It has reached crunch time in Europe. French President Nicolas Sarkozy and German Chancellor Angela Merkel have had yet another round of emergency talks in Paris today in a bid to solve the eurozone crisis for the umpteenth time. On Wednesday, the Swiss Central Bank is holding a meeting to discuss how it can prevent its currency’s strong appreciation against the euro; to peg or not to peg? And also this week, the Dutch parliament is holding a round of parliamentary debates on the country’s participation in the EFSF. These debates are significant because come October, there will be key votes in national parliaments on some of the rescue measures which have yet to be approved.
And the popular opinion in Triple A countries seem to showing signs of some serious bailout fatigue - spilling over to fading support for the euro itself (and probably the European project as a whole). On Saturday, a poll commissioned by Dutch paper AD found that 48% of those questioned wanted the Netherlands to leave the euro and would prefer a return to the Dutch guilder.
A separate poll published on Sunday by Maurice de Hond and No Ties BV was more damning, showing that 54% of Dutch voters want Greece and other peripheral countries expelled from the eurozone rather than being rescued again. It also found that 60% want the Netherlands to stop lending money to other eurozone countries while 48% of respondents believe that the euro’s negatives outweigh its benefits. Pretty heavy stuff.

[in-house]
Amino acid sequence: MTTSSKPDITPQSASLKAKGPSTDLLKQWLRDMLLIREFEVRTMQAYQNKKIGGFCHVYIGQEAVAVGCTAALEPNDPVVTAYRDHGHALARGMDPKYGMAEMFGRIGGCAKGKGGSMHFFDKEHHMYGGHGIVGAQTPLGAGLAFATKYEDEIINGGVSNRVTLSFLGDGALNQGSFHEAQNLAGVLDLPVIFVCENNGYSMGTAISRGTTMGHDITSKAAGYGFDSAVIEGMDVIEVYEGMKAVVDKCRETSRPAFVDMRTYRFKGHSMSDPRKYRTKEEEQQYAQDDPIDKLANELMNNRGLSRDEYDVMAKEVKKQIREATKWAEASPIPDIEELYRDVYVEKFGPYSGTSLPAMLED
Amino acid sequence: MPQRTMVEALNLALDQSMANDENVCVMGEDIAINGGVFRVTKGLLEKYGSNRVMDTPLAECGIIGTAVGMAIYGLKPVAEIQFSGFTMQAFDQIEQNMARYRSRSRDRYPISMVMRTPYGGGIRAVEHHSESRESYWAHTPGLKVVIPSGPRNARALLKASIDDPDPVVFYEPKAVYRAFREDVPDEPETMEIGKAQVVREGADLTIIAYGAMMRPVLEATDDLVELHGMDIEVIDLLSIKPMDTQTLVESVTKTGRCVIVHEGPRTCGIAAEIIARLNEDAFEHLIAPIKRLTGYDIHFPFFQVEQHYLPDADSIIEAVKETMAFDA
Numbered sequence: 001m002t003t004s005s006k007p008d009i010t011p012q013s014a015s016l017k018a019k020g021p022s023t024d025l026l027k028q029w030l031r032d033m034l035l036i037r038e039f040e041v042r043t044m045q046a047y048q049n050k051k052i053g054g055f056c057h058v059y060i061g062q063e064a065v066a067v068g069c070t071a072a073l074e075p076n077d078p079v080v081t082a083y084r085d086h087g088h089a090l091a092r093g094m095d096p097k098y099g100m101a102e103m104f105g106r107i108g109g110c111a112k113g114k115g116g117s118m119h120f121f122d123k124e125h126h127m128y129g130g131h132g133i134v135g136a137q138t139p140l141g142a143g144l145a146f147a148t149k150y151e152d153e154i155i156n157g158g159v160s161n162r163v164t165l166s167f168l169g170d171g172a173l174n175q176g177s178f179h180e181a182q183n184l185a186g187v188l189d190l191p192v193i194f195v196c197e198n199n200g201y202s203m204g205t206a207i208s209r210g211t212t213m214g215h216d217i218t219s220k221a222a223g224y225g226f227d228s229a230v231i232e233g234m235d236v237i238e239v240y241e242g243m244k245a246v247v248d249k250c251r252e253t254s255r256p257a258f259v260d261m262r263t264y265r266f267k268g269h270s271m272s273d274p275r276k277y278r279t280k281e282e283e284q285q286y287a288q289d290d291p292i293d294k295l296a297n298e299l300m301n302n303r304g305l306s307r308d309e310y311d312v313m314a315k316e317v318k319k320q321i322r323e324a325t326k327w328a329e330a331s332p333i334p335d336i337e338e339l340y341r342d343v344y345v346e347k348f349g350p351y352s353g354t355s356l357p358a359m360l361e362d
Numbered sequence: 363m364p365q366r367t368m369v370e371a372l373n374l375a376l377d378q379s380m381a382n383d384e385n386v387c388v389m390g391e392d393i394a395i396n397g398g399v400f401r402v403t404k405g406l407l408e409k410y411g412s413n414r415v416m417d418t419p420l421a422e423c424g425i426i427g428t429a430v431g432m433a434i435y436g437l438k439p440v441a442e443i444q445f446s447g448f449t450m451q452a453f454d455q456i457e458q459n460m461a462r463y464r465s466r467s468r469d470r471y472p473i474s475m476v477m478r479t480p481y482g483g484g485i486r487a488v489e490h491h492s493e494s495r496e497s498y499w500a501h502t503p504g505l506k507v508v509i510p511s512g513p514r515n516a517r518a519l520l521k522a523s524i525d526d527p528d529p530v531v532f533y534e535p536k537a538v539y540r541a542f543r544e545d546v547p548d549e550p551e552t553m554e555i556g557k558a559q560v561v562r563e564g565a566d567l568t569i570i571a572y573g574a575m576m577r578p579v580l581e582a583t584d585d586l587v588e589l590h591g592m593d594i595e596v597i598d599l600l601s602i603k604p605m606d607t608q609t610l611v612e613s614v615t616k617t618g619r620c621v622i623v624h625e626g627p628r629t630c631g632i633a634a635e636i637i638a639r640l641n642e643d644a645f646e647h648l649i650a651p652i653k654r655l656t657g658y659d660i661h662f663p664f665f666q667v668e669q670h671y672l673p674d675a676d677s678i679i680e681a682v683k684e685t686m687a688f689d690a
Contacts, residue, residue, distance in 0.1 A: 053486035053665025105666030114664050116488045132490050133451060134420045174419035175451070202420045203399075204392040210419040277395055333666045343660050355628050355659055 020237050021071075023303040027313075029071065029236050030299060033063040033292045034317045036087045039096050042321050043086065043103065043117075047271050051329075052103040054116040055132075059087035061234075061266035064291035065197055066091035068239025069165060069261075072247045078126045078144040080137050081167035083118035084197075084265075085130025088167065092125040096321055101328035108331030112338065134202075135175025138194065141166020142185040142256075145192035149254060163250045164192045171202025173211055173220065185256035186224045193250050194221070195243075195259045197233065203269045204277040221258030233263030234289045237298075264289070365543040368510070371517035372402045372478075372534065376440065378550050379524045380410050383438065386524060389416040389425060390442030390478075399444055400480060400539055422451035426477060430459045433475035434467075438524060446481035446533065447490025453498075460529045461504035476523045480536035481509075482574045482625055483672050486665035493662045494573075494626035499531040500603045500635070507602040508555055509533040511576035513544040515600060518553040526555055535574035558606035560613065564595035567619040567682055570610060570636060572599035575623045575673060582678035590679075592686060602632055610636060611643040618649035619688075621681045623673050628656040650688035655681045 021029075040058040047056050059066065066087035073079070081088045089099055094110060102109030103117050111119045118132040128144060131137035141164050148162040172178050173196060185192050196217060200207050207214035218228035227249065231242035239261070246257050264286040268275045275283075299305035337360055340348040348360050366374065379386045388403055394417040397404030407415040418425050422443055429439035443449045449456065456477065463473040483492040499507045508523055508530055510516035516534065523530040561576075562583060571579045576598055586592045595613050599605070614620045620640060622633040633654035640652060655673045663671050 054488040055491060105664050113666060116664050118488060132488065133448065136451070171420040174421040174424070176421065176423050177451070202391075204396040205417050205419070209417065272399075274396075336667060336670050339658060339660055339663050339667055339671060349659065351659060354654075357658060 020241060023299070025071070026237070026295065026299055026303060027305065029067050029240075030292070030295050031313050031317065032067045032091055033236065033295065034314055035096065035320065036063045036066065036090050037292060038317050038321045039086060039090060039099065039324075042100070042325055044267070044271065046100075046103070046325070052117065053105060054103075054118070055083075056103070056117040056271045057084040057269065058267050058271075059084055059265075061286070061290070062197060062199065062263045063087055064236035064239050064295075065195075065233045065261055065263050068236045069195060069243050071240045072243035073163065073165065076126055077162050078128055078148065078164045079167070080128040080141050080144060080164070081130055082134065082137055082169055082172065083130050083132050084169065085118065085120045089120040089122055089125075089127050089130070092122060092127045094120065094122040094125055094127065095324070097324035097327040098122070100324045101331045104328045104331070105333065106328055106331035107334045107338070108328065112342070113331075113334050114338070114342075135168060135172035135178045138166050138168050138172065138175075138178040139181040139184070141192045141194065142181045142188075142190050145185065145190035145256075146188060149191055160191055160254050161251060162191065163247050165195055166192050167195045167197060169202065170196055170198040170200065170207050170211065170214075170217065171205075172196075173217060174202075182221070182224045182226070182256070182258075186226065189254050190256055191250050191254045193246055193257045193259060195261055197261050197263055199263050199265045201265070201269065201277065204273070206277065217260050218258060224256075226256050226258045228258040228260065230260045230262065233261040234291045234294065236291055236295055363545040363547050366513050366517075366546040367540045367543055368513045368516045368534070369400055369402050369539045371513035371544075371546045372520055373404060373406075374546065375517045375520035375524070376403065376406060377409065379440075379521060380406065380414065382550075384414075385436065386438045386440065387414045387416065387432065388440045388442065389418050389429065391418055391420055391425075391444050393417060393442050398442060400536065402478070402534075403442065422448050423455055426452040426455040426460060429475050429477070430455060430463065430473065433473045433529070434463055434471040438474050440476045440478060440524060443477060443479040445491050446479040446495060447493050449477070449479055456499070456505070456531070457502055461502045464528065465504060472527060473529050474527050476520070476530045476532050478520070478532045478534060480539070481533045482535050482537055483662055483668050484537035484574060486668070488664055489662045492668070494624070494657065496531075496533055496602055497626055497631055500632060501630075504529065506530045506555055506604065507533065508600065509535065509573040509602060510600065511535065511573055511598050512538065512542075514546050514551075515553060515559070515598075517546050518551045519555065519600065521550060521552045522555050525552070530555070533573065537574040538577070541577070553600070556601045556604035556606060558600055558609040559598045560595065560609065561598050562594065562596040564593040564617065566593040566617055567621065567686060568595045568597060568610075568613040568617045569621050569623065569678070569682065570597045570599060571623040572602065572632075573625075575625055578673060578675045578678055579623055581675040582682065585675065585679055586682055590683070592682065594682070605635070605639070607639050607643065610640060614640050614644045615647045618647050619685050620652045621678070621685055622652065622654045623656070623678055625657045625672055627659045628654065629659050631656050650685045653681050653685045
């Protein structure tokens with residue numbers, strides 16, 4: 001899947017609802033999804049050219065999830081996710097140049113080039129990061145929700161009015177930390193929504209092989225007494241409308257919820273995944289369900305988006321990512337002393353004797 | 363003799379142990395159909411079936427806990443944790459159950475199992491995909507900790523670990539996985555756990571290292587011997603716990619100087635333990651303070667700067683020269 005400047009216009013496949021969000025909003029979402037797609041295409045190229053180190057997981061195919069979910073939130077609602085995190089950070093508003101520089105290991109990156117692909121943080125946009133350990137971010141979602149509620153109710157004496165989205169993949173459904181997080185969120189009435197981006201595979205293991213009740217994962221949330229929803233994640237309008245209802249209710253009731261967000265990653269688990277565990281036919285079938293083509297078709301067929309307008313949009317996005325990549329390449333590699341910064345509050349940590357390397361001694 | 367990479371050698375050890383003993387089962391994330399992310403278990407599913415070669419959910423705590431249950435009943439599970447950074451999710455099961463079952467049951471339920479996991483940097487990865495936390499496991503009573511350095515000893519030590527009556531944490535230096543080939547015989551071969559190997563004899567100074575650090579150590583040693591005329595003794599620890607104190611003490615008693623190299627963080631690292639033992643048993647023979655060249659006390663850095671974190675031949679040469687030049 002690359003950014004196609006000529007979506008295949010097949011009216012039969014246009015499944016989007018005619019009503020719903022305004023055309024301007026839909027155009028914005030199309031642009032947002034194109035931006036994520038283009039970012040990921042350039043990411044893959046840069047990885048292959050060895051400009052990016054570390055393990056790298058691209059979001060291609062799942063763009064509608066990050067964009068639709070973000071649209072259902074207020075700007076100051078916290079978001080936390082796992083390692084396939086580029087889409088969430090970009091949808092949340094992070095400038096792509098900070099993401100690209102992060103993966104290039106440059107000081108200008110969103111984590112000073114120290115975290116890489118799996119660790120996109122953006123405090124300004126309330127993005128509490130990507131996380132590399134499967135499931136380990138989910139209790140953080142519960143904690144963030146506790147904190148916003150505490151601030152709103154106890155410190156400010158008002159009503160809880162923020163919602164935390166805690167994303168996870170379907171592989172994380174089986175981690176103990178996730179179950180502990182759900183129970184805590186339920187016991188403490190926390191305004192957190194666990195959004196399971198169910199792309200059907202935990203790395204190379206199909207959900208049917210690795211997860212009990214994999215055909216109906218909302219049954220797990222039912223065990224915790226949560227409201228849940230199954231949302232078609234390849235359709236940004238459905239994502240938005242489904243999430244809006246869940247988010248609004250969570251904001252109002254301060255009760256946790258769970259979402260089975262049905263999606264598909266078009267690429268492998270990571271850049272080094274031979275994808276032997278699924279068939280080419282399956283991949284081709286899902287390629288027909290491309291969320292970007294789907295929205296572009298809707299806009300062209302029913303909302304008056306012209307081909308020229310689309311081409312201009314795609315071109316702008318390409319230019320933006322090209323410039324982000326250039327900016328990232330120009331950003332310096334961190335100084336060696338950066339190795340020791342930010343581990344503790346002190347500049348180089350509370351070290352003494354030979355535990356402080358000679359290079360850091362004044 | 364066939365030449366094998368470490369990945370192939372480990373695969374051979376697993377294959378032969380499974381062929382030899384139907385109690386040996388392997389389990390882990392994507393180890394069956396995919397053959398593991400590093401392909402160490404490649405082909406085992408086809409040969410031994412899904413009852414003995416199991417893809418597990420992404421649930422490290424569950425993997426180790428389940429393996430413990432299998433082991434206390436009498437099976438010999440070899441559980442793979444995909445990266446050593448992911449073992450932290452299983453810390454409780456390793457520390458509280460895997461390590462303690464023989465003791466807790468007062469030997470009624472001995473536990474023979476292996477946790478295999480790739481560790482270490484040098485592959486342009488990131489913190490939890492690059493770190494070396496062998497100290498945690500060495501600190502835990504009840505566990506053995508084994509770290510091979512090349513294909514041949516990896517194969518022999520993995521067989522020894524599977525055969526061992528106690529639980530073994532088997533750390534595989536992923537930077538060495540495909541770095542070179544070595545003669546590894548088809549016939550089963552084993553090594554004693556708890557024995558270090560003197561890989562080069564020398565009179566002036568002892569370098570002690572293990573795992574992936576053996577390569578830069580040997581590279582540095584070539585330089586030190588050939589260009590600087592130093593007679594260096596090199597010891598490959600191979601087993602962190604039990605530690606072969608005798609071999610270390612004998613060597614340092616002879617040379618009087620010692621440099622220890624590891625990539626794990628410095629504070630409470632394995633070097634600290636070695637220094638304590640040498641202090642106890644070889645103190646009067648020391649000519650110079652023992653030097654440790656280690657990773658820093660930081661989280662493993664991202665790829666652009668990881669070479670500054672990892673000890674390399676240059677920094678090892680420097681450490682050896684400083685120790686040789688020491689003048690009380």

It will be interesting to see how much these parliamentary debates are influenced by the recent poll results, and whether the Liberal-Christian Democrat coalition can muster the support from opposition parties needed to pass the bailout legislation. Despite domestic opposition, our bet is on the latest bailout rounds being passed fairly comfortably in the Dutch parliament.
Over in Germany, the picture looks very similar. A survey recently conducted by the German institute Emnid and published by German paper Bild am Sonntag showed that 31% of Germans believe the euro will disappear by 2021.
Another poll carried out by British pollster YouGov, reveals that 44% of Germans respondents want Germany to leave the eurozone, compared to 48% who want Germany to stay in. And 58% of respondents in Germany and 53% in France said they want Greece to leave the eurozone.
Meanwhile, in Finland, a Helsingin Sanomat poll conducted in July revealed that 44% of Finns questioned said Greece should leave the euro. Although, only 23% said they wanted to return to their previous currency - the Markka.
As ever, the question is when such public sentiments will seriously begin to feed through to national elections - and when politicans will begin being thrown out of office over them.